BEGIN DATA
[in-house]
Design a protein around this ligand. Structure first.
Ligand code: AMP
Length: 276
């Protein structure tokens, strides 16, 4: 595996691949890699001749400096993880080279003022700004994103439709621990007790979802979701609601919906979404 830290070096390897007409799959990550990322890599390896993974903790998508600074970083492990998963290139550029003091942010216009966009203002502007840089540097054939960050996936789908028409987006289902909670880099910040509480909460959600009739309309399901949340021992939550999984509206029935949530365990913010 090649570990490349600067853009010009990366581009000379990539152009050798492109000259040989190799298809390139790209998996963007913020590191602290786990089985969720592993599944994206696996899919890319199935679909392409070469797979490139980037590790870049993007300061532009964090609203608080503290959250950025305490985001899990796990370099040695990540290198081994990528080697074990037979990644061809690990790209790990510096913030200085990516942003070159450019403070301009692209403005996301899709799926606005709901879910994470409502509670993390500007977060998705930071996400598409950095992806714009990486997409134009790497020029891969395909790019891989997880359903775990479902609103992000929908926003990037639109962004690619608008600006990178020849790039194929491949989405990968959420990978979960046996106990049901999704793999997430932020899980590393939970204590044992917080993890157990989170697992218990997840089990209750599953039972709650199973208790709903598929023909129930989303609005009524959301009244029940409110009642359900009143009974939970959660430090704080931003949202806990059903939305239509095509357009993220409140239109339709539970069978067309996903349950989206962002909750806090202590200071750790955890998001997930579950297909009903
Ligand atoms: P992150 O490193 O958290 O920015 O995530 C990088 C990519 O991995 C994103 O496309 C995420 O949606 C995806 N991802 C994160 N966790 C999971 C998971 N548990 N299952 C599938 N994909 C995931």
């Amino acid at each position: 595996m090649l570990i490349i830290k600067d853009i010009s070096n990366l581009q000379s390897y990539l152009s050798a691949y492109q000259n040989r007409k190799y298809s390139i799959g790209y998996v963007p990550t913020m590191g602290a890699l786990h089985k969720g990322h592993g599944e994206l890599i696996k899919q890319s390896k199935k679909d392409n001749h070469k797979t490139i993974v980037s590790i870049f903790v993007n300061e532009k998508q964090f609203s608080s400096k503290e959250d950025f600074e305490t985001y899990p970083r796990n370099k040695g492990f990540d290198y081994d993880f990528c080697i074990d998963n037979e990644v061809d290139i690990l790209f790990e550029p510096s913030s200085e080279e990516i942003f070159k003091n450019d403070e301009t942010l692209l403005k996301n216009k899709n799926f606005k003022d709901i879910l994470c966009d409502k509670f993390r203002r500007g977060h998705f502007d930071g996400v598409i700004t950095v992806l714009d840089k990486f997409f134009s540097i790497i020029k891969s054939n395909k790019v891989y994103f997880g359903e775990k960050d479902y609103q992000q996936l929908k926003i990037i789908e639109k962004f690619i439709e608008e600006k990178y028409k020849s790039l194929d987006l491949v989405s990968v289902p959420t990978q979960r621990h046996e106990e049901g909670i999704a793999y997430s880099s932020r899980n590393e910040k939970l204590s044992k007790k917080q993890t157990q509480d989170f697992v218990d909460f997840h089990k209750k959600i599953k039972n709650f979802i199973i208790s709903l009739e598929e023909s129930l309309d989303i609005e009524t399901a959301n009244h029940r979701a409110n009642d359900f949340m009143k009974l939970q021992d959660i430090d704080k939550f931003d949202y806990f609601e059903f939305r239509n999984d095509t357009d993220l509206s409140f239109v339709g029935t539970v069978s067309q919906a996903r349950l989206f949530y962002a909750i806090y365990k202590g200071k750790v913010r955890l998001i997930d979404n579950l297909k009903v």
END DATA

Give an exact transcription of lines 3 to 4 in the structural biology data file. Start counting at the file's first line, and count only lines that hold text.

Ligand code: AMP
Length: 276